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BMC Public Health. 2013 Aug 8;13:738. doi: 10.1186/1471-2458-13-738.

"Moving forward: a cross sectional baseline study of staff and student attitudes towards a totally smoke free university campus".

Author information

  • 1Western Australian Centre for Health Promotion Research, School of Public Health, Curtin University, GPO Box U1987, Perth, WA 6845, Australia. s.burns@curtin.edu.au

Abstract

BACKGROUND:

Baseline data were collected to inform the adoption, implementation and institutionalisation phases of a completely smoke free campus policy at a large Western Australian university with a diverse student and staff community.

METHODS:

An online survey was randomly emailed to staff and students to measure the attitudes towards and the acceptability and enforcement of the policy prior to implementation. In total, 969 respondents completed the survey.

RESULTS:

General attitudes towards smoking were negative. While smokers, ex-smokers and non-smokers were supportive of smoke free policy on campus, 65.7% of respondents felt the campus should be completely smoke free. Respondents indicated a smoke free policy should be stringently enforced. The majority of respondents reported that they had been exposed to second-hand smoke on campus (nā€‰=ā€‰768; 79.5%).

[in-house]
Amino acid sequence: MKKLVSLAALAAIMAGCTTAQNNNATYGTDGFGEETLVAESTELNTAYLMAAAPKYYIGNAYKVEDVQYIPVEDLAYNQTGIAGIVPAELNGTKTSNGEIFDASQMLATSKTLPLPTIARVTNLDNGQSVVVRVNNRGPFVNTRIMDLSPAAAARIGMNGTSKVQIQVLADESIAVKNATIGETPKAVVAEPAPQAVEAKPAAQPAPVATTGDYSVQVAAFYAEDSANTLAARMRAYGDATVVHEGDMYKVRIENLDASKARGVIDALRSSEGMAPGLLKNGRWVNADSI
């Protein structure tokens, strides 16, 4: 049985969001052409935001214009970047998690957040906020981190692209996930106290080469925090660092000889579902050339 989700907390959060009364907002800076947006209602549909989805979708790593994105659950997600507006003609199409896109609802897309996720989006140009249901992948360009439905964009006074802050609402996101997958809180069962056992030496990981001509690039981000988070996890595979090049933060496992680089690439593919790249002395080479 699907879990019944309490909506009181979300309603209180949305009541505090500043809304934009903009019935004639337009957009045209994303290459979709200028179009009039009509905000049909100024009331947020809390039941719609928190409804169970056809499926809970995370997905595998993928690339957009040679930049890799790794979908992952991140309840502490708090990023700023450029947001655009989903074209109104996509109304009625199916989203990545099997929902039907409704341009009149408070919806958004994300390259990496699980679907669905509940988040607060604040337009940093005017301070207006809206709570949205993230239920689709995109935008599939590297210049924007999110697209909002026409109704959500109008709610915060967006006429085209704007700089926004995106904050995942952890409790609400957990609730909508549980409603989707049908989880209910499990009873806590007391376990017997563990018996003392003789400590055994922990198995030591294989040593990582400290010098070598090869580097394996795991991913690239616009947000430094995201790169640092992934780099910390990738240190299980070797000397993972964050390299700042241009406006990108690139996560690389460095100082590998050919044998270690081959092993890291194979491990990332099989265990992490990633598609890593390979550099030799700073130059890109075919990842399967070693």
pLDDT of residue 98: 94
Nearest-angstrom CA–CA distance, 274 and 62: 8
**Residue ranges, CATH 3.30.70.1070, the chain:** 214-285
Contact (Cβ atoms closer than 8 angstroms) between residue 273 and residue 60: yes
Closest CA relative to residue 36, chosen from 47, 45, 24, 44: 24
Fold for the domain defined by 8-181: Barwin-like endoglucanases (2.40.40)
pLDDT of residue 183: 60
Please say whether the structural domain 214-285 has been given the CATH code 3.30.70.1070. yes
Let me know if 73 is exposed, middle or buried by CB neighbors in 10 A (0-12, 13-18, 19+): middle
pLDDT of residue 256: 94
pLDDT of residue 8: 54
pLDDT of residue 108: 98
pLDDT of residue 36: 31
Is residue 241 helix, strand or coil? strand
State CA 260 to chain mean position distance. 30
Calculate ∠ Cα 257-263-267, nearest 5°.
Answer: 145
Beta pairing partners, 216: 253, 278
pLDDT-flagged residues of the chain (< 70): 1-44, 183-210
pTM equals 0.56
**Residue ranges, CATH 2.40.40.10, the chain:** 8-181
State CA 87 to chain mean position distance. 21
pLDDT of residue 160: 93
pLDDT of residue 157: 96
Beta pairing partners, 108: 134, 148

CONCLUSION:

Theory of Organisational Change provides a useful framework to support the implementation of the completely smoke free policy in the University setting. The implementation process needs to consider the broad range of issues associated with implementing a completely smoke free policy and address issues such as safety of smokers, ensuring smokers are not marginalised and ensuring a comprehensive program is implemented. These baseline findings can be used to advocate for the implementation of a comprehensive range of strategies that recognise the addictive nature of tobacco smoking and address attitude and behaviour change, environmental adaptations and effective implementation of the policy. Administration should consider smokers and non-smokers when policy is implemented.

PMID:
23924040
[PubMed - indexed for MEDLINE]
PMCID:
PMC3750379
Free PMC Article
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